(Last updated: March 5, 2015; last reviewed: March 5, 2015)
|Adverse Effects||Associated ARVs||Onset/Clinical Manifestations||Estimated Frequency||Risk Factors||Prevention/
|Nausea/Vomiting||Principally ZDV and PIs (e.g., LPV/r, RTV), but can occur with all ARVs
|Varies with ARV agent; 10% to 30% in some series
||Unknown||Instruct patient to take PIs with food.
Generally improves with time; monitor for weight loss, ARV adherence.
|Reassure patient/caretaker that nausea and vomiting will likely decrease over time.
Provide supportive care, including instruction on dietary modification.
Although antiemetics are not generally indicated, they may be useful in extreme or persistent cases.
|Diarrhea||PIs (particularly NFV, LPV/r, FPV/r), buffered ddI, INSTI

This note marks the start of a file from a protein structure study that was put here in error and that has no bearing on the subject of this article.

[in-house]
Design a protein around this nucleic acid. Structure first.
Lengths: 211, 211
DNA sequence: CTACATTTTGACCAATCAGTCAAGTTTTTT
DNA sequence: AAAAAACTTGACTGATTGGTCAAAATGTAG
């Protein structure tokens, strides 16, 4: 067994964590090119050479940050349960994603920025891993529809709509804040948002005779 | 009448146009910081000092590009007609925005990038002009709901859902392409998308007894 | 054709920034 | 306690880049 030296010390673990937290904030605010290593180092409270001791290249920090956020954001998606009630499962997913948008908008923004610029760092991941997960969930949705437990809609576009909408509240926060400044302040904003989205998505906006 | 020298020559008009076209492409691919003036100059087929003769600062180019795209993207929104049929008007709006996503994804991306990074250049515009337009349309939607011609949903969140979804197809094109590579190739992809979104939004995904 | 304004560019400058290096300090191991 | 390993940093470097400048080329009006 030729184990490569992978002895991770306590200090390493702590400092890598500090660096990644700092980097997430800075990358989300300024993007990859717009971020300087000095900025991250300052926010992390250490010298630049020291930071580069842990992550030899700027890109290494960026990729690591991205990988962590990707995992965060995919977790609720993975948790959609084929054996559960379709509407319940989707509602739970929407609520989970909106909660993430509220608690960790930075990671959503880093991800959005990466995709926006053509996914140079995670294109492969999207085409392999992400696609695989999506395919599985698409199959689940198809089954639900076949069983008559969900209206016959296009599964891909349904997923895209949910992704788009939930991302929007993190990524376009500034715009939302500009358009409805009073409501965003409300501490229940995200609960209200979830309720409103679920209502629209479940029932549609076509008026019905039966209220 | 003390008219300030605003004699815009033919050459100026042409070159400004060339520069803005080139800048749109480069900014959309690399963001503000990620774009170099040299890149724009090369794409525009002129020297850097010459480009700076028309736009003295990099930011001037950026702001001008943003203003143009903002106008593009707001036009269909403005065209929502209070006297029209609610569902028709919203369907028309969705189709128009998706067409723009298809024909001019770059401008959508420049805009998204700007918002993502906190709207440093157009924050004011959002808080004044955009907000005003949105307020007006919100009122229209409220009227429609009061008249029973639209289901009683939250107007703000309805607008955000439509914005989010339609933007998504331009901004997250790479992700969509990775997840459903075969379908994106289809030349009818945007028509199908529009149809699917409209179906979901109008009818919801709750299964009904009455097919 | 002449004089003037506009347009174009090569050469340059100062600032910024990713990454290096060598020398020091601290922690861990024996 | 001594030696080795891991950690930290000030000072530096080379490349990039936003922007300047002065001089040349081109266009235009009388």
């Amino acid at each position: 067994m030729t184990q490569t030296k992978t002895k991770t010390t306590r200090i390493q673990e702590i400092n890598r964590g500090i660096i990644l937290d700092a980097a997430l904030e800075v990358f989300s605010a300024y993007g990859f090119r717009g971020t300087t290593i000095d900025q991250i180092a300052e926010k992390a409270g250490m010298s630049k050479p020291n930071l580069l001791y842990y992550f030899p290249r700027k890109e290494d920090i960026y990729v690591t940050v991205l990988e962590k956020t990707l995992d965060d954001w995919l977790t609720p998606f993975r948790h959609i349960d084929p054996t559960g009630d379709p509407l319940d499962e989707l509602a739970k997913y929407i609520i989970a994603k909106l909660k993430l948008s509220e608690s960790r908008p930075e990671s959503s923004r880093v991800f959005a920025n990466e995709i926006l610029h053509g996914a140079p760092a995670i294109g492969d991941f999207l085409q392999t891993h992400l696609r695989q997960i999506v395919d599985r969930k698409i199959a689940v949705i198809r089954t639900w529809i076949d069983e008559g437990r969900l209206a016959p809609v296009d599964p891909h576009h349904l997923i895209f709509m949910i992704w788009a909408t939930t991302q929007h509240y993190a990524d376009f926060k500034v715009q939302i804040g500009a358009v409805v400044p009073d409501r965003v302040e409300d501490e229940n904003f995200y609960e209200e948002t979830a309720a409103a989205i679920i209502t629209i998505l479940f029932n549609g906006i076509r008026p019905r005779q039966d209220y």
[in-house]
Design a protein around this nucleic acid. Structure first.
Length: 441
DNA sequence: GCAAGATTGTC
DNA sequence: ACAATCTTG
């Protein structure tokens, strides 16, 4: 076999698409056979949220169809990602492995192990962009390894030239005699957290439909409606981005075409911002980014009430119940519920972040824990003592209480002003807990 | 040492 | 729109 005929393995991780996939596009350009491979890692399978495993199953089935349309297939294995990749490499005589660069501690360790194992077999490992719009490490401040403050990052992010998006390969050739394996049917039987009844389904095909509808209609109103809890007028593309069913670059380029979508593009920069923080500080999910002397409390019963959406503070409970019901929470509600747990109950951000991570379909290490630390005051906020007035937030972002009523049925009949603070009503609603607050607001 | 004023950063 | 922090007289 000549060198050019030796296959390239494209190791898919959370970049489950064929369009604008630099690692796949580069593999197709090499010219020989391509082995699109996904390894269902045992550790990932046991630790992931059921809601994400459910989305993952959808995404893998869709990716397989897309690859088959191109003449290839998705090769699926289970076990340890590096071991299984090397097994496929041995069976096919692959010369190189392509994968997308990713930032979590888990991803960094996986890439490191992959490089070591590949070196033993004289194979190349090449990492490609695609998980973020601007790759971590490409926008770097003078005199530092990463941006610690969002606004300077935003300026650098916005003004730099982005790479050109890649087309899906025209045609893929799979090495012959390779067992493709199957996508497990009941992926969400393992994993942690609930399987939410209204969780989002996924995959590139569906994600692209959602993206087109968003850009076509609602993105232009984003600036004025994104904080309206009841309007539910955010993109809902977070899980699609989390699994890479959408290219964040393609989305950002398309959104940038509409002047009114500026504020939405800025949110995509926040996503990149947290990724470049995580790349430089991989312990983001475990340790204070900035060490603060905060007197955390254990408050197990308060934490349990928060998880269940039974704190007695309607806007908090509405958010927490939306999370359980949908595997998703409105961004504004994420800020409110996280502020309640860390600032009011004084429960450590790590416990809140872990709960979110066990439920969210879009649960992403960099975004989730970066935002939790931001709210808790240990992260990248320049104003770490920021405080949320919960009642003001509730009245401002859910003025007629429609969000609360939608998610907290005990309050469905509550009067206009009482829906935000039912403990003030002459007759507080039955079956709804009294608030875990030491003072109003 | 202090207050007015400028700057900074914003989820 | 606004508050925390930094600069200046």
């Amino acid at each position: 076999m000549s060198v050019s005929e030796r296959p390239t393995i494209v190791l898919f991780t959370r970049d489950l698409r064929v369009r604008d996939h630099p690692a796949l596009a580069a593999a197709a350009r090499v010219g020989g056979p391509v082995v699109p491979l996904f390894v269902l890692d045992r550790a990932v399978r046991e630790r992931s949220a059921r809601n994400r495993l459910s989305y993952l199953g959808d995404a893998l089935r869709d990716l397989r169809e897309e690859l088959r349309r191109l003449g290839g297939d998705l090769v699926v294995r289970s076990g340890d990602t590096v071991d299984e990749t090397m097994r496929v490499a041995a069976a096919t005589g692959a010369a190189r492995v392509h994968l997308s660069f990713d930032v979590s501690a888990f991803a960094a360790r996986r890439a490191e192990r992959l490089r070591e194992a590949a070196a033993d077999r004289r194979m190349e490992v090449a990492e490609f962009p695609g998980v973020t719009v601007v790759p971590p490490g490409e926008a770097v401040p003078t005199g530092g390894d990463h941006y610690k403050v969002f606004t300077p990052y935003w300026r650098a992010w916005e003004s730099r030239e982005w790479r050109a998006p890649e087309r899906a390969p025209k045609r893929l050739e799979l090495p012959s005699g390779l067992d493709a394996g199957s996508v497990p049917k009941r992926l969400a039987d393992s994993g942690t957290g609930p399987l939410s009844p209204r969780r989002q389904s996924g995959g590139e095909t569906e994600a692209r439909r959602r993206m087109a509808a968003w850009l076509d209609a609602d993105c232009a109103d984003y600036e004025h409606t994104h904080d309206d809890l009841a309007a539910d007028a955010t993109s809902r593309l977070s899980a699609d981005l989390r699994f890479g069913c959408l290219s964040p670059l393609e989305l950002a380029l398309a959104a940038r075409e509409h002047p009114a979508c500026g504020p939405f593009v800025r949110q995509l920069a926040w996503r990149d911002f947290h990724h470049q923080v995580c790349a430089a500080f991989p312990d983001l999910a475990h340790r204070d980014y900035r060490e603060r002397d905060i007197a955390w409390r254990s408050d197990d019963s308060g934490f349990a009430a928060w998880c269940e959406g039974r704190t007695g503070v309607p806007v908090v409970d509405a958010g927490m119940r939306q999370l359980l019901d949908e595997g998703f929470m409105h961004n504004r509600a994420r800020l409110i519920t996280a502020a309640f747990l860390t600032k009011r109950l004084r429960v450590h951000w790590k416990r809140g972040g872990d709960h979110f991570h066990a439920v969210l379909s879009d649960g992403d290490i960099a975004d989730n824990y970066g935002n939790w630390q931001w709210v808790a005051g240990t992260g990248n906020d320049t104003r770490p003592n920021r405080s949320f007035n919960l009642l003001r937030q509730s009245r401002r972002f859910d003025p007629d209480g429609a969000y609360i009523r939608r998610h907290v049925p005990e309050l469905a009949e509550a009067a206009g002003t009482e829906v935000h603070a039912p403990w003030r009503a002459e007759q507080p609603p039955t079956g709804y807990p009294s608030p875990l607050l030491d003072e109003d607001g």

|Varies with ARV agent; 10% to 30% in some series||Unknown||Generally improves with time (usually over 6–8 weeks); monitor for weight loss, dehydration.||Exclude infectious causes of diarrhea.
Although data in children on treatment of ARV-associated diarrhea are lacking, dietary modification, use of calcium carbonate (should not be used with DTG), bulk-forming agents (psyllium), or antimotility agents (loperamide) may be helpful.
While there are few published data on its use, crofelemer is FDA-approved for treatment of ART-associated diarrhea in adults but not in children.
||ddI, d4T (especially concurrently or with TDF), boosted PIs
Reported, albeit rarely, with most ARVs
|<2% in recent series.
Frequency was higher in the past with higher dosing of ddI.
|Concomitant treatment with other medications associated with pancreatitis (e.g., TMP-SMX, pentamidine, ribavirin)
Previous episode of pancreatitis
|Avoid use of ddI in patients with a history of pancreatitis.||Discontinue offending agent—avoid reintroduction.
Manage symptoms of acute episode.
If associated with hyper-triglyceridemia, consider interventions to lower TG levels.